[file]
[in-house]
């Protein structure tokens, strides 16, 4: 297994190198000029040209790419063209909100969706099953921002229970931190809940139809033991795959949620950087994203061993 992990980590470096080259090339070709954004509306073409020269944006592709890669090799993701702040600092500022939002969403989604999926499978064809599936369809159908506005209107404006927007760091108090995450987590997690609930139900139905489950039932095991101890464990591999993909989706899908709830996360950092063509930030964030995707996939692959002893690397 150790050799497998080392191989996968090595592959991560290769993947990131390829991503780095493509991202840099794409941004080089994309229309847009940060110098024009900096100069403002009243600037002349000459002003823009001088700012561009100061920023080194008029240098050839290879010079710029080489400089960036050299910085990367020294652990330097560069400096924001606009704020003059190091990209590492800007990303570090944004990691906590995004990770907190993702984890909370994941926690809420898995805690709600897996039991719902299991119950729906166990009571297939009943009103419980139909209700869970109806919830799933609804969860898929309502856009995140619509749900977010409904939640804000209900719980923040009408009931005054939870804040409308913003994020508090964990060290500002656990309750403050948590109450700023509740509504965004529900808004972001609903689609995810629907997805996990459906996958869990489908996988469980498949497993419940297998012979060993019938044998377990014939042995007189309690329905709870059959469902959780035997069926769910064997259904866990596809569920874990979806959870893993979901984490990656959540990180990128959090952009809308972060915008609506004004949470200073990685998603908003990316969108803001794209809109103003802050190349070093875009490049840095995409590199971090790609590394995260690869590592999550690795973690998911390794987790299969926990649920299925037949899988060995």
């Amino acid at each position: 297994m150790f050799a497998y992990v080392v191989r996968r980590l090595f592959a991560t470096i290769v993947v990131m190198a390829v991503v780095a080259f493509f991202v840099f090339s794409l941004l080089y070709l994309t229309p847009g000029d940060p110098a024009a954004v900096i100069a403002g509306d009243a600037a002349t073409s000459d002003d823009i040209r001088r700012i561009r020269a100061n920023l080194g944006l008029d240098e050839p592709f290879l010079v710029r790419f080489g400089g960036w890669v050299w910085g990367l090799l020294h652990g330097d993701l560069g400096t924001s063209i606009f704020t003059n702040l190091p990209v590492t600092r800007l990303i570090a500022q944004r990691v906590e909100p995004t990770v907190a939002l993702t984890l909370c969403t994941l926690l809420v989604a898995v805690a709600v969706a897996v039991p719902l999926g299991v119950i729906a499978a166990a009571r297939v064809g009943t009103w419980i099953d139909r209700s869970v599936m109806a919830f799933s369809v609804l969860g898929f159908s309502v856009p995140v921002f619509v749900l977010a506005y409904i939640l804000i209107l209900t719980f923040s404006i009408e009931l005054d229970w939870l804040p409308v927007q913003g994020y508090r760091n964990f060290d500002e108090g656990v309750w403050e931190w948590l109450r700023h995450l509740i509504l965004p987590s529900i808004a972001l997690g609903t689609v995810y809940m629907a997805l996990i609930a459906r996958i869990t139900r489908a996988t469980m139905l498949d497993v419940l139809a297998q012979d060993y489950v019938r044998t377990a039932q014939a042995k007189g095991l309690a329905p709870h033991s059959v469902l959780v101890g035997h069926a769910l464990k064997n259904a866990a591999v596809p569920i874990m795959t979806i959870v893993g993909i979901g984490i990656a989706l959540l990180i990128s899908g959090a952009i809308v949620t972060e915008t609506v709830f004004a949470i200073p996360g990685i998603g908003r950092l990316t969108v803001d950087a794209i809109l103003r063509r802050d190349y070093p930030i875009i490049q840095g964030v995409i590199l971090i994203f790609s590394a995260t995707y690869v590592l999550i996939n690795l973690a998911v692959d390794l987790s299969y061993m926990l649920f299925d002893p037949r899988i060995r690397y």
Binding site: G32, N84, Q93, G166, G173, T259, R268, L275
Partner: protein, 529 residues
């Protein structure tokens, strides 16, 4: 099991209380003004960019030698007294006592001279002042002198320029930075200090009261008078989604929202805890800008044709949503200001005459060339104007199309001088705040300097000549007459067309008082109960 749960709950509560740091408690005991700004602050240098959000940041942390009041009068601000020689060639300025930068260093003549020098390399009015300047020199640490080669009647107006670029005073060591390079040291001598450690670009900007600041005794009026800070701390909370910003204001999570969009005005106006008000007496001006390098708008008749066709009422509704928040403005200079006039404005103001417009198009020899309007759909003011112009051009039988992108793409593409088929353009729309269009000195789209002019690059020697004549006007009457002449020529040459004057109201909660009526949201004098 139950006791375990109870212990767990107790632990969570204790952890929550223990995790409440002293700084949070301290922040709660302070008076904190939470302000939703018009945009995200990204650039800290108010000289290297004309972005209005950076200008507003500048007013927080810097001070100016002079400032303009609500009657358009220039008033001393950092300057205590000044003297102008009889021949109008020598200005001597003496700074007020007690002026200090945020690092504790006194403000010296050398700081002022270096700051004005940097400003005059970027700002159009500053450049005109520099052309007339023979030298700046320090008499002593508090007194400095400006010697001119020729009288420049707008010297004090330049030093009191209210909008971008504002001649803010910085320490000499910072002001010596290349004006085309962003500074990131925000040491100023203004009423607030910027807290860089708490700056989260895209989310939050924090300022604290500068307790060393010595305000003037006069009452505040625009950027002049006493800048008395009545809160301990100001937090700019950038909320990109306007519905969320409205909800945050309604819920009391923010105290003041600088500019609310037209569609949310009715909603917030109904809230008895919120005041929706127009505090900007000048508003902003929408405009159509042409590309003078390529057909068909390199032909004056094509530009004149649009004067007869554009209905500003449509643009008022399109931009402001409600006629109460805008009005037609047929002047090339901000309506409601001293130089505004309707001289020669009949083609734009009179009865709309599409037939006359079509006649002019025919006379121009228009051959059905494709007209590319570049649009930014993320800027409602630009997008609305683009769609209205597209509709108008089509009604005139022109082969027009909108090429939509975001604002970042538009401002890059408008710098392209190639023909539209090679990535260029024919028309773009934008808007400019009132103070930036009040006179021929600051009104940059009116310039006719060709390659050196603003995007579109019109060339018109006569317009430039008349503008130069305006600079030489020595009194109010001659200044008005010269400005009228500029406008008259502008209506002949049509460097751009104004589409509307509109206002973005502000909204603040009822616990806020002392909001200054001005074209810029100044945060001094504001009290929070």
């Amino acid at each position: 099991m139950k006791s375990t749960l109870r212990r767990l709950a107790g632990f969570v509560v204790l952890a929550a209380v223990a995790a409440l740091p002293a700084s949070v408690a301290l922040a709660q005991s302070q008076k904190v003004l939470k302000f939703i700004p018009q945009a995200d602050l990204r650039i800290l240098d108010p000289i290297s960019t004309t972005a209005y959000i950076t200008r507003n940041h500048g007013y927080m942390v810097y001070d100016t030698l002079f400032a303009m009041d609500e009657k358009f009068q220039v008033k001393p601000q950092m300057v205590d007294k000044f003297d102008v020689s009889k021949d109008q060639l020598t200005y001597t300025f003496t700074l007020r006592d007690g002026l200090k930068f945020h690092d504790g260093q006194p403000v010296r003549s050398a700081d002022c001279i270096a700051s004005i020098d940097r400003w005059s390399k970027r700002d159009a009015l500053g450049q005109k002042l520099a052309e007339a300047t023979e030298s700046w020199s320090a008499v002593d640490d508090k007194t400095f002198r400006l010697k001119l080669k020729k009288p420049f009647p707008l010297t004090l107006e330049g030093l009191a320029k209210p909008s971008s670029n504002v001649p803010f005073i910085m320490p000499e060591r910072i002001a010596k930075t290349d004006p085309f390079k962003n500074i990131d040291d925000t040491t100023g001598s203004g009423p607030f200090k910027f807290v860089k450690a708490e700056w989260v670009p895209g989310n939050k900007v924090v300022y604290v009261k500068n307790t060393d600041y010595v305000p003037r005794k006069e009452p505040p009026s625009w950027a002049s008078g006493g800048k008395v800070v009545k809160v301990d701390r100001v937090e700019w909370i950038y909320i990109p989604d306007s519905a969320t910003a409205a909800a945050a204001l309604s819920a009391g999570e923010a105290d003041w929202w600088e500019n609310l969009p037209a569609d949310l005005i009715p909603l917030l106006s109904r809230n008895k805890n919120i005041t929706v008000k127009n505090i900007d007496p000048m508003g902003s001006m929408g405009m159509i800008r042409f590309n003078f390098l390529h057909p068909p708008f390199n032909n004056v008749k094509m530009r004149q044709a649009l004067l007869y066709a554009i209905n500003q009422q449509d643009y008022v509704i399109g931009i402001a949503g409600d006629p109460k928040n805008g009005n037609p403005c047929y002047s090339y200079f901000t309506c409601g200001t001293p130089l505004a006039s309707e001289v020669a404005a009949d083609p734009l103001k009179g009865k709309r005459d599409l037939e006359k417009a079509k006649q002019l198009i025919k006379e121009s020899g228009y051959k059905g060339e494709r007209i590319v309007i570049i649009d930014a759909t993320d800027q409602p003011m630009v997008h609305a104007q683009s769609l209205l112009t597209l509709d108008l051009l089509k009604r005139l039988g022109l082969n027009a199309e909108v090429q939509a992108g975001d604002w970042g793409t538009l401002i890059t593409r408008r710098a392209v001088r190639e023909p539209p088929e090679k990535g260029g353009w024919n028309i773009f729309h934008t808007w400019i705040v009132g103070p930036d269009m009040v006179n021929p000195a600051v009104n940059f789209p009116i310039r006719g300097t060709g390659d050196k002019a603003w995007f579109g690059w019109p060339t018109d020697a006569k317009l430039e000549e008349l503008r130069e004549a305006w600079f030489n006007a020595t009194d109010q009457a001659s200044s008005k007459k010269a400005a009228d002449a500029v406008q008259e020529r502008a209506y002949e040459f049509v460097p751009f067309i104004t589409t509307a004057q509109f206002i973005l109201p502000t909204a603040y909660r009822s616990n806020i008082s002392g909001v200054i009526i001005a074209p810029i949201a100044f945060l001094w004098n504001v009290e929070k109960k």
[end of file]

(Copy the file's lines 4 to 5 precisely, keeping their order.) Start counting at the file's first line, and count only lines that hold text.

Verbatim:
Binding site: G32, N84, Q93, G166, G173, T259, R268, L275
Partner: protein, 529 residues